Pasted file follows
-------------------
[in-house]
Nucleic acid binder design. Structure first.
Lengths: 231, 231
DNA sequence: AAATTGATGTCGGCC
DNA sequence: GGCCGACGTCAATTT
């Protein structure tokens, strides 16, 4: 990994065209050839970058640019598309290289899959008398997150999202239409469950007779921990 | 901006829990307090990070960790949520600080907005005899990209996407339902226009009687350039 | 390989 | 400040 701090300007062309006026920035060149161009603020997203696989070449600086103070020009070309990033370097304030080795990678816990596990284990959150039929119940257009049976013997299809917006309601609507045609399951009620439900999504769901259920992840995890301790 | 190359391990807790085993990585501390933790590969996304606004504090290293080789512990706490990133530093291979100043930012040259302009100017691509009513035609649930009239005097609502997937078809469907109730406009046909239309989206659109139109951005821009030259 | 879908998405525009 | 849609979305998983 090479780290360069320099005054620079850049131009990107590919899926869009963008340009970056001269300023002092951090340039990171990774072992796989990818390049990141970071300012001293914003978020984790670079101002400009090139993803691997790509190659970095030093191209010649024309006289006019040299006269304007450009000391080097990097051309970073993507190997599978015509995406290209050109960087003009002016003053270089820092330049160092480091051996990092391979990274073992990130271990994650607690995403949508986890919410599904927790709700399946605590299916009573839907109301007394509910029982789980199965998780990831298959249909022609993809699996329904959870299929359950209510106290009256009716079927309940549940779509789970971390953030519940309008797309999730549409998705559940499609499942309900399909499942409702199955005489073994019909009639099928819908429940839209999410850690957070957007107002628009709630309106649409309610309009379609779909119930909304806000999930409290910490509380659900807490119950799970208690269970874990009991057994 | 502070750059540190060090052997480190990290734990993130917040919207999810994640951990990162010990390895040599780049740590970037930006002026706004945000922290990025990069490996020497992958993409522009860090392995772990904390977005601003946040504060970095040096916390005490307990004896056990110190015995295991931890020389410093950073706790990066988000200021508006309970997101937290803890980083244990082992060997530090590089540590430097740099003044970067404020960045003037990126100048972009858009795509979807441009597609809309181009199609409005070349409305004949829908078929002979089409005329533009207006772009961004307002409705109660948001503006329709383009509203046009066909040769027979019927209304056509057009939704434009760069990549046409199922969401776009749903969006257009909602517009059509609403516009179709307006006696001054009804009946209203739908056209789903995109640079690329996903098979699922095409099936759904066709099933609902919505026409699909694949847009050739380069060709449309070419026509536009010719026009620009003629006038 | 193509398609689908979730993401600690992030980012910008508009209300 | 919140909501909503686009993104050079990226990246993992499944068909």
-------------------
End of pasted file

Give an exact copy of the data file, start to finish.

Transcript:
[in-house]
Nucleic acid binder design. Structure first.
Lengths: 231, 231
DNA sequence: AAATTGATGTCGGCC
DNA sequence: GGCCGACGTCAATTT
């Protein structure tokens, strides 16, 4: 990994065209050839970058640019598309290289899959008398997150999202239409469950007779921990 | 901006829990307090990070960790949520600080907005005899990209996407339902226009009687350039 | 390989 | 400040 701090300007062309006026920035060149161009603020997203696989070449600086103070020009070309990033370097304030080795990678816990596990284990959150039929119940257009049976013997299809917006309601609507045609399951009620439900999504769901259920992840995890301790 | 190359391990807790085993990585501390933790590969996304606004504090290293080789512990706490990133530093291979100043930012040259302009100017691509009513035609649930009239005097609502997937078809469907109730406009046909239309989206659109139109951005821009030259 | 879908998405525009 | 849609979305998983 090479780290360069320099005054620079850049131009990107590919899926869009963008340009970056001269300023002092951090340039990171990774072992796989990818390049990141970071300012001293914003978020984790670079101002400009090139993803691997790509190659970095030093191209010649024309006289006019040299006269304007450009000391080097990097051309970073993507190997599978015509995406290209050109960087003009002016003053270089820092330049160092480091051996990092391979990274073992990130271990994650607690995403949508986890919410599904927790709700399946605590299916009573839907109301007394509910029982789980199965998780990831298959249909022609993809699996329904959870299929359950209510106290009256009716079927309940549940779509789970971390953030519940309008797309999730549409998705559940499609499942309900399909499942409702199955005489073994019909009639099928819908429940839209999410850690957070957007107002628009709630309106649409309610309009379609779909119930909304806000999930409290910490509380659900807490119950799970208690269970874990009991057994 | 502070750059540190060090052997480190990290734990993130917040919207999810994640951990990162010990390895040599780049740590970037930006002026706004945000922290990025990069490996020497992958993409522009860090392995772990904390977005601003946040504060970095040096916390005490307990004896056990110190015995295991931890020389410093950073706790990066988000200021508006309970997101937290803890980083244990082992060997530090590089540590430097740099003044970067404020960045003037990126100048972009858009795509979807441009597609809309181009199609409005070349409305004949829908078929002979089409005329533009207006772009961004307002409705109660948001503006329709383009509203046009066909040769027979019927209304056509057009939704434009760069990549046409199922969401776009749903969006257009909602517009059509609403516009179709307006006696001054009804009946209203739908056209789903995109640079690329996903098979699922095409099936759904066709099933609902919505026409699909694949847009050739380069060709449309070419026509536009010719026009620009003629006038 | 193509398609689908979730993401600690992030980012910008508009209300 | 919140909501909503686009993104050079990226990246993992499944068909």